Apple has updated the iPod nano for the fourth time. The new "4th generation" iPod nano has more similarities than differences from the 3rd generation iPod it is replacing. The most noticeable difference is that the screen is taller and skinnier. However, the screen is the same one from the 3rd generation nano, only turned 90 degrees.
Apple doubled the storage capacity at the same price points as the previous nano. That means for $150 you can now get an 8GB nano. For most everyone, that's plenty of memory. Eight gigabytes will hold hours of video and days of audio. Like all iPods with click wheels, you can enable disk use for transporting, storing, and backing up computer files to that 8GB of memory.
There are two new accessibility features added to the new nano. First, in the settings menu, users can increase the font size from Standard to Large. The Large settings appears to be about 150% larger. However, only the menu font is changed. The text displayed while playing audio and Notes fonts are not affected by this setting. That's a shame because the font used for Notes is quite small. Another accessibility feature allows listeners to hear the names of menus, settings, titles, podcast episodes, and almost everything that appears in the menus. Unfortunately, the Spoken Menus option will not speak anything in the Notes section. That would have been way cool. (By the way, if you ever do want spoken text on your iPod, check out SpokenText.)
The nano knows which way it is being held and will sometimes change what's on the screen to match how you're holding the it. That's because Apple added an accelerometer to iPod nano. But it only works in certain functions like playing videos, browsing audio, and viewing photos. Some games require that you hold the nano sideways in order to play. And speaking of games, I'm really sad that the iQuiz game no longer comes preinstalled on the 4th generation nano. While you can purchase iQuiz for 99 cents, it will not run on the 4th generation nano. I really hope iQuiz is updated to work on the new nano because it is a great quizzing game and makes the iPod a more useful study tool.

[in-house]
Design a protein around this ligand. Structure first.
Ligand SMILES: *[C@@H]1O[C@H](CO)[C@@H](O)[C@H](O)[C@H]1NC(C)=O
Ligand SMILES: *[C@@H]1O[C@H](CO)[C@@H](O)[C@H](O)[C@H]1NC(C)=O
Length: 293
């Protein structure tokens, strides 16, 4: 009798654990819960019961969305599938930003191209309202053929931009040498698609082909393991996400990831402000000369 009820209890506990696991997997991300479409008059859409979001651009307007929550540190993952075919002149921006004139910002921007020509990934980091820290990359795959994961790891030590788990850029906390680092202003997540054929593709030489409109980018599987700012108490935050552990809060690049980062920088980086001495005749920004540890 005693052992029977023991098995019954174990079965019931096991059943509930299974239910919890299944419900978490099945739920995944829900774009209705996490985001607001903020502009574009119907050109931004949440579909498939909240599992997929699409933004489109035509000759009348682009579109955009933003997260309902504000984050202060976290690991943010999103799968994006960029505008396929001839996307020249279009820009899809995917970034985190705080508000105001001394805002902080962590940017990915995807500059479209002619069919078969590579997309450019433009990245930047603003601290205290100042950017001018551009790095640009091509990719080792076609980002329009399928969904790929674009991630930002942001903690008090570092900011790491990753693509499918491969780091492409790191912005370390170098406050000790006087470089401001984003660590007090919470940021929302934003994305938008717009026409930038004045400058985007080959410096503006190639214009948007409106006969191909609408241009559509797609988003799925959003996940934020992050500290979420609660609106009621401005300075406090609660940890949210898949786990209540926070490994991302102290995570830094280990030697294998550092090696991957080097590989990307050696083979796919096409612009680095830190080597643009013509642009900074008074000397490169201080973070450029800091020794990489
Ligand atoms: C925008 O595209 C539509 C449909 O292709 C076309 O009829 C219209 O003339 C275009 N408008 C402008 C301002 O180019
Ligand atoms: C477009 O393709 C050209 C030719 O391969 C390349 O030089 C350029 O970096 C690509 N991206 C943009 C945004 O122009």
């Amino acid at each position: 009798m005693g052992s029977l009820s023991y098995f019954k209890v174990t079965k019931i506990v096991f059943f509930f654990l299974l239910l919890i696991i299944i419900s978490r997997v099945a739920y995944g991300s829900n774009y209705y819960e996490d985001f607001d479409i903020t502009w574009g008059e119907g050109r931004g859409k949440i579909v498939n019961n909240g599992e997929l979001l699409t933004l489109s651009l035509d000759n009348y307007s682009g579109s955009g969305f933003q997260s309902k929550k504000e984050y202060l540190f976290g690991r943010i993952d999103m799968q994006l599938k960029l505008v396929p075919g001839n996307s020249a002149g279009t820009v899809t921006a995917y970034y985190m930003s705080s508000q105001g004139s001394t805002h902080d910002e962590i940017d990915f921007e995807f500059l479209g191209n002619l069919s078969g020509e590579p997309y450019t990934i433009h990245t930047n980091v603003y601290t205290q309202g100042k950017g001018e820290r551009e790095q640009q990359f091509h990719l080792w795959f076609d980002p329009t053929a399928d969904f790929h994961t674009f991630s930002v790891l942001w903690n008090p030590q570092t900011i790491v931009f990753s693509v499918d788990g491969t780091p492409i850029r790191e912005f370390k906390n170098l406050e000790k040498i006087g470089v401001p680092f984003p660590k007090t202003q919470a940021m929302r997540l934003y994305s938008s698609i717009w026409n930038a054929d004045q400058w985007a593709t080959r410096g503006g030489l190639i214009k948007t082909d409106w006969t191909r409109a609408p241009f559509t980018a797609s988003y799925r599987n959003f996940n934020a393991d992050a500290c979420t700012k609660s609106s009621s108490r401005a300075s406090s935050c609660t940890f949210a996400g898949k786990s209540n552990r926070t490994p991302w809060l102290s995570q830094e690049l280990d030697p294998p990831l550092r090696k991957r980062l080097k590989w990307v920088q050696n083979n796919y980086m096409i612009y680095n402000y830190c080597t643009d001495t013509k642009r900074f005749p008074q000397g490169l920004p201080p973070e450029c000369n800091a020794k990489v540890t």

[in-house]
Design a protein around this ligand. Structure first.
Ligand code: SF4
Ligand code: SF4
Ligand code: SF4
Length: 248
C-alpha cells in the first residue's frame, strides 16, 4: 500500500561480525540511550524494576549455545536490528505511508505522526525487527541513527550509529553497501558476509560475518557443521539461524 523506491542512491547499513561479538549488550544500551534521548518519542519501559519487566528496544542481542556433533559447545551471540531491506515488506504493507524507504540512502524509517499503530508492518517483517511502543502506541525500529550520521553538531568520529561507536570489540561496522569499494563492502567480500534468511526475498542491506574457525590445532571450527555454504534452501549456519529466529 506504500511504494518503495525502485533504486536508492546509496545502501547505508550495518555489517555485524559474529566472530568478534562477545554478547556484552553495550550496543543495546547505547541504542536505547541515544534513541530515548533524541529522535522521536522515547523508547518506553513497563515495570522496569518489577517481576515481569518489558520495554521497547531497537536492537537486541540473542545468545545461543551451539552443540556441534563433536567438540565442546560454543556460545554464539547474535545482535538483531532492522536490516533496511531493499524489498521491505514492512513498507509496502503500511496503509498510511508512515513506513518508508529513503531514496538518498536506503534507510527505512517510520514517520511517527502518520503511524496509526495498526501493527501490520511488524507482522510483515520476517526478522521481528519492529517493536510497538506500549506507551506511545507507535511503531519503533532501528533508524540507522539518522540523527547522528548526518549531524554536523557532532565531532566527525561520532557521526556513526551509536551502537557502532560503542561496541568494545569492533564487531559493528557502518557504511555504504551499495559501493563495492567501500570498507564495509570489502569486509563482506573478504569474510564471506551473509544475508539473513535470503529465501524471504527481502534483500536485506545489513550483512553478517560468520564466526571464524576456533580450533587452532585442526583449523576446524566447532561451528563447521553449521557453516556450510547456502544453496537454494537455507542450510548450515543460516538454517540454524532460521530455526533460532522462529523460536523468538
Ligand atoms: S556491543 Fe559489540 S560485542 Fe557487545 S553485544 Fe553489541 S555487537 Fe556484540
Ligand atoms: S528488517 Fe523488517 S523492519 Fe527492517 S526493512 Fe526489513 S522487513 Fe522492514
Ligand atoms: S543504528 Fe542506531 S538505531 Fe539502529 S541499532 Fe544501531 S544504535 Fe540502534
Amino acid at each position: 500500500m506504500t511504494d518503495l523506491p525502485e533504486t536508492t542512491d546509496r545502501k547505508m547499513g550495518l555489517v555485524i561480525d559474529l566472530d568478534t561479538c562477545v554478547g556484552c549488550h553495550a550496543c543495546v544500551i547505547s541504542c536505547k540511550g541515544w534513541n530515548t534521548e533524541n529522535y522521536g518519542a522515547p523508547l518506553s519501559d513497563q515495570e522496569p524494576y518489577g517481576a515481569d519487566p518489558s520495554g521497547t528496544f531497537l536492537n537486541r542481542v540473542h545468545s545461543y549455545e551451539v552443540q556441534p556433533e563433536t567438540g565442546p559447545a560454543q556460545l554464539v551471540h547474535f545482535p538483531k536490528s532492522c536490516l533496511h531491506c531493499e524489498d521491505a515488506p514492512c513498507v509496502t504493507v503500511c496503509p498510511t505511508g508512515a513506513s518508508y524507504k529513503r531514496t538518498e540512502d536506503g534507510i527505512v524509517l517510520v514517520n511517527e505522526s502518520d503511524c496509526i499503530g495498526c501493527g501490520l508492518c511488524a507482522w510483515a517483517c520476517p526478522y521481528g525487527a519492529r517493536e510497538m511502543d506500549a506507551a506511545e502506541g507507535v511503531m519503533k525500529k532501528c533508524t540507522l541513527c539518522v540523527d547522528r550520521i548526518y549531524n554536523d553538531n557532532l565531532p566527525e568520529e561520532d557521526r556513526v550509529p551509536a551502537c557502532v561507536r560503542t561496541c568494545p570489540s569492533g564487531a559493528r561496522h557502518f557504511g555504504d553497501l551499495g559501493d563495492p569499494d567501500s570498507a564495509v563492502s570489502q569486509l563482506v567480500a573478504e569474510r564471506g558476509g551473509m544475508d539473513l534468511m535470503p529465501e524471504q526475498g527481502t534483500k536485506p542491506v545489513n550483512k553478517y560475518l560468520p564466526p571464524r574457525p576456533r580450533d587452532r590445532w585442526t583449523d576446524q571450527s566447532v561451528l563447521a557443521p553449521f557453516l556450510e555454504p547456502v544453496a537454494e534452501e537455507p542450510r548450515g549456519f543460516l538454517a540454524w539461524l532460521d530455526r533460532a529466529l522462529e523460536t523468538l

The new nano supports recording with an external microphone. It can use microphones that connect to the headphone jack (like the microphones that come with iPhones). It can also record using external microphones that connect to the dock connector like the Belkin TuneTalk. The Voice Recorder function is updated and Apple added the ability to add chapters while recording. This is super handy when recordings are long. Another change is that the iPod no longer records in the WAV format. Now it uses Apple Lossless format. While it is similar to WAV, it is not nearly as compatible. You might have to use iTunes to convert recordings to more compatible formats like WAV or MP3 if you're importing into other programs like Audacity. Apple software like GarageBand can certainly use the Apple Lossless format with no problems.
Other than the lack of iQuiz, I really like the new nano. In fact, I would recommend the 8GB nano over the 120GB iPod classic. The only major differences are the storage capacity and screen size. The classic has a slightly larger screen, though that screen has the same resolution as the nano's. Unless you need to carry around an enormous number of videos or need lots of space for disk use, the nano is going to meet your needs for $100 less than the classic.